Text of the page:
This week the team are amazed at the way media consumption - driven by 'cord cutters' using services like Netflix - dominate use of both mobile and fixed-line broadband connections.
If streaming media is now the primary use for mobile networks in some circumstances will they be able to cope? Can they sustain the service they offer? And how does the team's usage mirror a recent survey?
The Talking Point
- North American subscribers who exhibit “cord cutting” behavior (top 15th percentile of video users) are dominating network usage:
- Consuming on average 212GB a month, more than seven times the 29GB of a typical subscriber
- Viewing the equivalent of 100 hours of video each month
- Accounting for the majority (54%) of total monthly network traffic
- In United Kingdom and Ireland, Netflix is now the second largest source of traffic during the peak evening hours, accounting for over 17.8% of downstream fixed access traffic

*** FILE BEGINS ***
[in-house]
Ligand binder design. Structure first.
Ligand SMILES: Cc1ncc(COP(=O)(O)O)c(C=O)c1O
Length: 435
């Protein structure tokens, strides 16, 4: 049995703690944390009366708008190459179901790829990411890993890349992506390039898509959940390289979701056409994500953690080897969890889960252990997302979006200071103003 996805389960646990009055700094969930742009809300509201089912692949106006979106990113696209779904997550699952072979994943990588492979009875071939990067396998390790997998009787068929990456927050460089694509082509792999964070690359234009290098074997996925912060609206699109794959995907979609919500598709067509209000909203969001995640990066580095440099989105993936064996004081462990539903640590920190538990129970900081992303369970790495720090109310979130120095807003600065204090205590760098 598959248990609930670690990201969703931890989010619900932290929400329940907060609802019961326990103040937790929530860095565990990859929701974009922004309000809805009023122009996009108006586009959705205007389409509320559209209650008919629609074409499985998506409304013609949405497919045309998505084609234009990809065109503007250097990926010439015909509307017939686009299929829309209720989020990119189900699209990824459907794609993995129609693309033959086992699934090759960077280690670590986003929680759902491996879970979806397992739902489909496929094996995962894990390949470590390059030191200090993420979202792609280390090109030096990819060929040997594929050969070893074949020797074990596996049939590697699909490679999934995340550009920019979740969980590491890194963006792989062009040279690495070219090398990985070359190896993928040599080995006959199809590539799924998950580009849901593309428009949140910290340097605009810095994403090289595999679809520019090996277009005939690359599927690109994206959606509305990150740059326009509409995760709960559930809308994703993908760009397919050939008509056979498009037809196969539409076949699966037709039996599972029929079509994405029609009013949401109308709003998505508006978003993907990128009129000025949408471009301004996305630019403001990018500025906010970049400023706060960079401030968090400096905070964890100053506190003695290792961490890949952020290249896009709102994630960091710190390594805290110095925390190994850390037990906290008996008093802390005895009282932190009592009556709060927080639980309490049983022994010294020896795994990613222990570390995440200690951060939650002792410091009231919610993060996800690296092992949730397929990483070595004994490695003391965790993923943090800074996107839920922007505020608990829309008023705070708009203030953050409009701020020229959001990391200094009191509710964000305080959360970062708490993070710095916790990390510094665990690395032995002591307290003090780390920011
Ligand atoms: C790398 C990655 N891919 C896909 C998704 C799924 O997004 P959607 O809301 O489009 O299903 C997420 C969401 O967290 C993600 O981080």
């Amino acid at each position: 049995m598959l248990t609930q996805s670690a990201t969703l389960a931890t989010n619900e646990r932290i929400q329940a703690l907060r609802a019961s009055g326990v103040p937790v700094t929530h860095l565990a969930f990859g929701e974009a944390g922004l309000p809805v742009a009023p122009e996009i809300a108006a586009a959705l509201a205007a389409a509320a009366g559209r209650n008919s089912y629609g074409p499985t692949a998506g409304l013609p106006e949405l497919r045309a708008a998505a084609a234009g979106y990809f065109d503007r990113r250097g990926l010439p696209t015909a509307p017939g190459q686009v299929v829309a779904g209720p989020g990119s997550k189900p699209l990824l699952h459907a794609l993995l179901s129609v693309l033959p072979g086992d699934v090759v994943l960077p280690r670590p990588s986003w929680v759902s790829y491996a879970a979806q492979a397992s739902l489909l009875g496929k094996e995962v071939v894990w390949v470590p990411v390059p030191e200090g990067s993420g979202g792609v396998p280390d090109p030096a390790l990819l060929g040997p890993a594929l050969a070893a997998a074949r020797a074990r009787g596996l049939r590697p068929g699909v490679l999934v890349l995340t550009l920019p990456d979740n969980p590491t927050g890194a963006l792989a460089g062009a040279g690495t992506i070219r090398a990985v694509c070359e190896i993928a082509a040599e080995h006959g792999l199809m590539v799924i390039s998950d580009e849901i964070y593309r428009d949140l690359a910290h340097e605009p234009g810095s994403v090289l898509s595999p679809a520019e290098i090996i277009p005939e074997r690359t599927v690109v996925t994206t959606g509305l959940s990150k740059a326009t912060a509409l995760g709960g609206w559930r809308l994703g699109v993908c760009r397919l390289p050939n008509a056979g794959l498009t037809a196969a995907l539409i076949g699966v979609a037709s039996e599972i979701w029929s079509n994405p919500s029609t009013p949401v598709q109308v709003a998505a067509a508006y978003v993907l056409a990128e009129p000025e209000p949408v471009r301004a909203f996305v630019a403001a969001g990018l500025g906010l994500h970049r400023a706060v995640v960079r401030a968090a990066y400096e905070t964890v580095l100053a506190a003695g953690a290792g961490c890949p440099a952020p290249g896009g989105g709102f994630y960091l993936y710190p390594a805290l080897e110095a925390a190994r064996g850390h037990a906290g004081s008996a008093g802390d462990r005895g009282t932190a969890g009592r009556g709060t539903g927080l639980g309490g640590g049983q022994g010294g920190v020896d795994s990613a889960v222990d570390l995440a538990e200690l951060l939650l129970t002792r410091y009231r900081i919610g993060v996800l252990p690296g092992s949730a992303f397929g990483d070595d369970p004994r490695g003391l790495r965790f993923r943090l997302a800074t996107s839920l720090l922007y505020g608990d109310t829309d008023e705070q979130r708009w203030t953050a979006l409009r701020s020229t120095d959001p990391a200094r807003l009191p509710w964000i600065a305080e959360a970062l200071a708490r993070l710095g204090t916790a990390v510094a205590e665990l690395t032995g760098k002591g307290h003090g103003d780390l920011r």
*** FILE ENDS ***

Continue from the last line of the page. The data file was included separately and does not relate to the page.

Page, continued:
- During the World Cup, live streaming of matches is predicted to account for over 40% of network traffic on some Latin American mobile networks
Ewan says he's the guy on the bus using up all the central London 4G bandwidth streaming Netflix. He even changed his route to take the bus so he could watch TV. He's aware he complained about other people doing this in the past.
Rafe says that streaming media is the network's biggest problem now and they're faced with a challenge... Can broadcasters pre-emptively record content for you (like TiVo) or should they offer to sell you preferential treatment for your important business email?
Ben says that he's abandoned packages from subscription TV companies and watches everything streamed. In the UK that's easy with the BBC's free service but even the dominant satellite broadcaster Sky costs less for streaming-only.
Tell us what you think - we'll report the results in a future episode. If you want to say more, leave us a comment below this post!